Last, I examined the bone fragments from Hidden Cave for presence of periosteal reactions. These reactions are abnormal growths on the periosteum, the outer surface of bones. Bioarchaeologists and paleopathologists are usually not able to provide a specific diagnosis—what caused the infection—but most are caused by bacterial infections originating from the surrounding soft tissue. Usually, the tibia (lower leg bone) is involved because so little soft tissue separates the skin from the bone. Thus, if there is a cut or abrasion to the skin of the lower leg and an infection involving the skin and soft tissue ensues, the infection can then readily pass to the bone.

    Periosteal reactions are commonly found in skeletal samples representing populations living in dense, crowded living situations where sanitary conditions may have been poor. My survey of the bone fragments—especially tibia fragments—showed no evidence of periosteal reactions. Thus, based on this limited sample, infection did not seem to be a problem for these early hunter-gatherers.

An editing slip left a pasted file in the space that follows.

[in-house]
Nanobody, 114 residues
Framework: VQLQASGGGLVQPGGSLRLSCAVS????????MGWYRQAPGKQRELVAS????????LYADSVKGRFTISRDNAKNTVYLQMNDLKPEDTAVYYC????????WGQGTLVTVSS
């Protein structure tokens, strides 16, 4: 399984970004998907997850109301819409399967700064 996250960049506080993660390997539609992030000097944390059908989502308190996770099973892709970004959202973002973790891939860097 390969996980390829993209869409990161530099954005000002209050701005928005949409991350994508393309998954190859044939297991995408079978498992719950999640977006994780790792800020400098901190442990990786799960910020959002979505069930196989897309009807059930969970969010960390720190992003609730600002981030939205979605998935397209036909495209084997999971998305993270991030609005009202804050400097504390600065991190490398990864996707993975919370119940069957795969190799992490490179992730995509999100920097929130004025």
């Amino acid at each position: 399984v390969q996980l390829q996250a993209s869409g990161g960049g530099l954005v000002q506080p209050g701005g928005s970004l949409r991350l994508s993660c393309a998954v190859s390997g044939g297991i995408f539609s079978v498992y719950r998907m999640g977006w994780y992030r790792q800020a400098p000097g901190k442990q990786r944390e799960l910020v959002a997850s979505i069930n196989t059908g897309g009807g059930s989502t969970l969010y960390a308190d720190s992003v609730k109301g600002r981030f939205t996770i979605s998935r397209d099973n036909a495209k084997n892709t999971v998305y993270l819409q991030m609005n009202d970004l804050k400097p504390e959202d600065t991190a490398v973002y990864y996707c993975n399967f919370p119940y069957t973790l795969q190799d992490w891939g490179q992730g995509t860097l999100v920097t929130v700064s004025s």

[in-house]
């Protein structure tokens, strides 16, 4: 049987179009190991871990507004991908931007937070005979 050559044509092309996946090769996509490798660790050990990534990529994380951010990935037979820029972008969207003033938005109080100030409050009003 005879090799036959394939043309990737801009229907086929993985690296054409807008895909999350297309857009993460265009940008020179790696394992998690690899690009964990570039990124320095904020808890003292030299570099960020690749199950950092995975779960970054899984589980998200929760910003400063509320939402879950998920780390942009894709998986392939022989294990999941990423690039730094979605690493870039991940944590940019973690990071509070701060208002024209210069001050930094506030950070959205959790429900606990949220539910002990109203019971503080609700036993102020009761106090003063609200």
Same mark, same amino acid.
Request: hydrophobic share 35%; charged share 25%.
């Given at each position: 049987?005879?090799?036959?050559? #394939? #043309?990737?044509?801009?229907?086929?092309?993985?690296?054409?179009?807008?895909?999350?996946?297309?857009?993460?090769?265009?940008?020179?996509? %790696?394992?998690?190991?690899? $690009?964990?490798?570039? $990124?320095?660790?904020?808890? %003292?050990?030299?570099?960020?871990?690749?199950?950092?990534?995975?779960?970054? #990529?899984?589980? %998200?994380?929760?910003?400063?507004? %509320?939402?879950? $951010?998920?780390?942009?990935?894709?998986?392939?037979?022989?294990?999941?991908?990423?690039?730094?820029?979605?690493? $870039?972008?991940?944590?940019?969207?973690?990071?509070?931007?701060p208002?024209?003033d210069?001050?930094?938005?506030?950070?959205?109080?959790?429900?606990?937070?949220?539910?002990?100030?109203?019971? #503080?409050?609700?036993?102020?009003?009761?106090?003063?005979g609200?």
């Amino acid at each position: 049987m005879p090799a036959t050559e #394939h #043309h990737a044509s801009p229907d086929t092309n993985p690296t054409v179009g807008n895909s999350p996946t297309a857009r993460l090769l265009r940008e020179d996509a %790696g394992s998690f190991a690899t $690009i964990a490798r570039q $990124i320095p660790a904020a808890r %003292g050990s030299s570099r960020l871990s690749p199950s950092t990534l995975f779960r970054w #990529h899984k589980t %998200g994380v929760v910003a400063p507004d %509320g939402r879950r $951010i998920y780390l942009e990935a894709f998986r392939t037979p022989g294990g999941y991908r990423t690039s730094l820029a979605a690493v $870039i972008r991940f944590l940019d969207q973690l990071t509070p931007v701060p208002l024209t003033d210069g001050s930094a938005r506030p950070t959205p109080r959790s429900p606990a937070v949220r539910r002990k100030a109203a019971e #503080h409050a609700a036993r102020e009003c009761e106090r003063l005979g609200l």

What was striking about the skulls and teeth of the Hidden Cave people was the sheer size of the faces and jaws, the very large areas of muscle attachment for the chewing muscles, and the high degree of tooth wear and large numbers of chipped teeth. This pattern suggested to me that the masticatory complex was adapted for heavy chewing. Lots of chewing demands big jaws, and heavy chewing of gritty, hard foods results in chipping and wear of teeth. Similarly, the postcranial bones, the area of the skeleton below the neck, were large and had big muscle attachment sites, indicating that these people must have led a highly active lifestyle. These were remains of people who didn't hang out around lake margins enjoying a sedentary lifestyle, which seemed to contradict Heizer's hypothesis about Great Basin adaptations and was more in line with Thomas's ideas. Based on this limited sample, I reached the tentative conclusion that the people I studied from Hidden Cave were healthy, but ate tough foods, and were physically active.